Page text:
State Of the Union Address …And More, Dave Pomeroy: July 2022 Issue
Interview With Dave Pomeroy…
By David C. Gross and Tom Semioli
Photos: Cover & Header, Jim McGuire | Header, Mickey Dobo
DP: David Pomery
DG: David C. Gross
TS: Tom Semioli
DP: We’re bass players, we just want people to feel good! In fact, that’s my whole approach to life!
DG: Bass players have great leadership qualities…
TS: We’re the only players on the bandstand and in the studio that know all the changes!
DG: There’s something inherent about being the connection between rhythm and harmony that gives us a ‘leg -up’ on everyone. Singers will look at us. Band members ask us ‘what are the chords to the song?’ The guy who hangs out with musicians – the drummer – will want to know something. (Laughter) We bass players have an interesting perspective…
Few musicians have had an impact on their peers and the music industry in the 21st Century than bassist David Pomeroy.
If it were just for his work as an A-list Nashville session player and sideman – we’d afford Pomeroy legendary status. In the country music realm, his recordings and stage work span Keith Whitley, Emmylou Harris, Alan Jackson, Earl Scruggs, Alison Kraus, Reba McIntyre, Chet Atkins, Vince Gill, Trisha Yearwood, Garth Brooks, Johnny Cash, Lorrie Morgan Waylon Jennings, Keith Urban, Kris Kristofferson, and Earl Scruggs to cite a very, very scant few.
Add to that the list of rockers, jazzers, folkies, and permutations thereof anchored by Pomeroy – such as Peter Frampton, Richard Betts, Mark Knopfler, Sting, Tom Rush, Janis Ian, Steve Winwood, Lee Ritenour, Eric Johnson, Don Henley, Neil Diamond, Sheryl Crow, Mose Allison, and Bonnie Raitt among many others, nary a second goes by wherein Dave’s bass artistry is not being heard on record, radio, film and television soundtracks, podcasts, playlists somewhere on planet Earth.
An individual with an activist bent for his fellow musicians, Pomeroy became President of the Nashville Musicians Association, AFM 257 in 2008, and was unanimously re-elected in 2011, 2014, 2017, 2018, and 2020. Jokes David “nobody wants my job!”
A master negotiator, Pomeroy is bringing the music industry as we knew it into these uncertain modern times – creating contracts and agreements for streaming, home recording, publishing, and such overlooked revenue sources as the use of studio tracks on stage. First elected to the International Executive Board of the American Federation of Musicians – and re-elected again in 2013, 2016, and 2019 repeats Pomeroy “nobody wants my job!”
And in his “spare” time, David helms his own imprint – Earwave Records. Among his releases include his all-bass and vocal solo albums. Pomeroy’s DVD release The Day The Bass Players Took Over The World and All-Bass Orchestra are essential viewing for players of all genres and levels.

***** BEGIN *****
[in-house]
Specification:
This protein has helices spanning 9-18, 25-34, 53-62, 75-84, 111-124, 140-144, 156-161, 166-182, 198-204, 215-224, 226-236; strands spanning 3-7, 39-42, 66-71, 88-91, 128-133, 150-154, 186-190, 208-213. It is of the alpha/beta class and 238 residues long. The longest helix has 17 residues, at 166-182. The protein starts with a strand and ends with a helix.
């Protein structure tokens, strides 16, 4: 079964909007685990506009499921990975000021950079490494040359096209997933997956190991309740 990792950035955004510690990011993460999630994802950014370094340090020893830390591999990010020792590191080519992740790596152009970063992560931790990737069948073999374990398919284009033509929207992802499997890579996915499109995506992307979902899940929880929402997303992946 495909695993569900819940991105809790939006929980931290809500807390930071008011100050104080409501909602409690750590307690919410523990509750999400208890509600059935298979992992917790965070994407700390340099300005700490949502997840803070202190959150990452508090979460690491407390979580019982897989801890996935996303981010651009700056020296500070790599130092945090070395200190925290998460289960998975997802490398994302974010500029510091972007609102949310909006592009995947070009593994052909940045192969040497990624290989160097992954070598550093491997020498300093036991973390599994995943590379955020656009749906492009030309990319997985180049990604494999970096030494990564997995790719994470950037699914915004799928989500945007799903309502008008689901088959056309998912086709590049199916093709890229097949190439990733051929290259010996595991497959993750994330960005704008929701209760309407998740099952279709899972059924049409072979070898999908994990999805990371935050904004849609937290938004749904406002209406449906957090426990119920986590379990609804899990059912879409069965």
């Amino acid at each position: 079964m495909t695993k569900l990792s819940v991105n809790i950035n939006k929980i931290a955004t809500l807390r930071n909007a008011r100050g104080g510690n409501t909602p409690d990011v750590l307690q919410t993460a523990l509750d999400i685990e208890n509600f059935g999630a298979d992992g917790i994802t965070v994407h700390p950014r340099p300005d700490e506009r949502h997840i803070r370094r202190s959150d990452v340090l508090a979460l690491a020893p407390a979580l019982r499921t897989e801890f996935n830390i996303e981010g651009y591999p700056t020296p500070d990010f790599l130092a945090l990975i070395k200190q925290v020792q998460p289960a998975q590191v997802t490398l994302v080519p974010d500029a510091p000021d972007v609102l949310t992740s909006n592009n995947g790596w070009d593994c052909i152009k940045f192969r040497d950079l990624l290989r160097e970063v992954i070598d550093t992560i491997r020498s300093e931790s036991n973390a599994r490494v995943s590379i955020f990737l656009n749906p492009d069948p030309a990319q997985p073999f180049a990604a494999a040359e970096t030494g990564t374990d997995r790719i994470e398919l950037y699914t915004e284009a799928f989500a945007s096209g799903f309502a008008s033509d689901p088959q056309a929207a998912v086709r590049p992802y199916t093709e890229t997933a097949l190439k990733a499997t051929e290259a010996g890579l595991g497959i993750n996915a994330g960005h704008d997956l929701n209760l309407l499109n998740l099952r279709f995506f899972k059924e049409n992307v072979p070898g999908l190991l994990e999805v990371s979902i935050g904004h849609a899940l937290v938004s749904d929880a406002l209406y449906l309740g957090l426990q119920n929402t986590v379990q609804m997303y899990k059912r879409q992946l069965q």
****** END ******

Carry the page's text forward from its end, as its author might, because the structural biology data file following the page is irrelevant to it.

David has penned articles aplenty for Bassics, and Bass Player. His profile appears in such historical references as Studio Bass Masters (Backbeat Books) and Michael Visceglia’s A View From the Side.
DG: Dave, if I’m too provocative, just let me know! In the 1970s I was a New York City session player. In fact, I was fortunate enough to be Will Lee’s sub for a while. I was one of the few “rock and rollers” that could actually read music. That gave me a leg-up on the competition. I liked doing studio work, but my first love was playing live. When I got out of Berklee circa 1972-73, I go down to the union hall which was the Roseland Ballroom, and I got my card. Things were changing. What the union was giving and advising young musicians was no longer applicable. Meaning ‘okay so I’ll do a Holiday Inn jingle, then at night I’d end up at The Other End or the Rock and Roll Café (two prominent NYC rock venues in the 1970s) playing a gig for $100-150.00. And in the back of my mind, I’d remember one of the older AFM people saying ‘ya better have your card with you! Because they’re going to come down and check on you!’
In fifty years, I’ve never been carded! Outside of some Broadway theater work, and some session work, and even on record dates, I was not being paid through the union!
Take us back. Where did the MU stop being applicable to the modern musician and how is it now applicable?
DP: Great topic. I didn’t know anything about the union, or that there even was one when I moved to Nashville. One of the older musicians that I met early on simply told me ‘ya need to go down and join the union!’ I didn’t ask why. I just did it.
A lot of the disconnect happened back in the day, as you refer to, because the union limited itself by only concentrating on the really big stuff. If you were in New York, it was all about Broadway theater, the Lincoln Center Orchestras, and so on. It was not about Greenwich Village and the jazz clubs – which I always felt was quite unfortunate as I learned more about it.
In Los Angeles, a lot of the focus was on big-budget films, with big orchestra soundtracks, and live television, which was also part of the New York scene. But here in Nashville, from going way back to the 1950s, there’s always been a focus on recording. And not in particular major label recording. That’s because Nashville organically built this community of songwriters who wanted these country artists to record their songs. As such, a demo session culture emerged. This is where people like myself learned how to be a studio musician.
And if you were lucky, one of those songs got picked up or the producer would say ‘hey that’s a cool bassline!’ Who’s that? And then you’d get hired for more work. Those things happened all the time.
I think the stereotype of the union as ‘big stuff or nothing’ and ‘we’re going to intimidate you into doing the right thing!’ has never worked in Nashville. And it works less and less anywhere else. Because of Tennessee being a right to work state, or as we call it ‘a right to work for less state,’ meaning you can negotiate down all you want! – no one has to be a member of the union!!!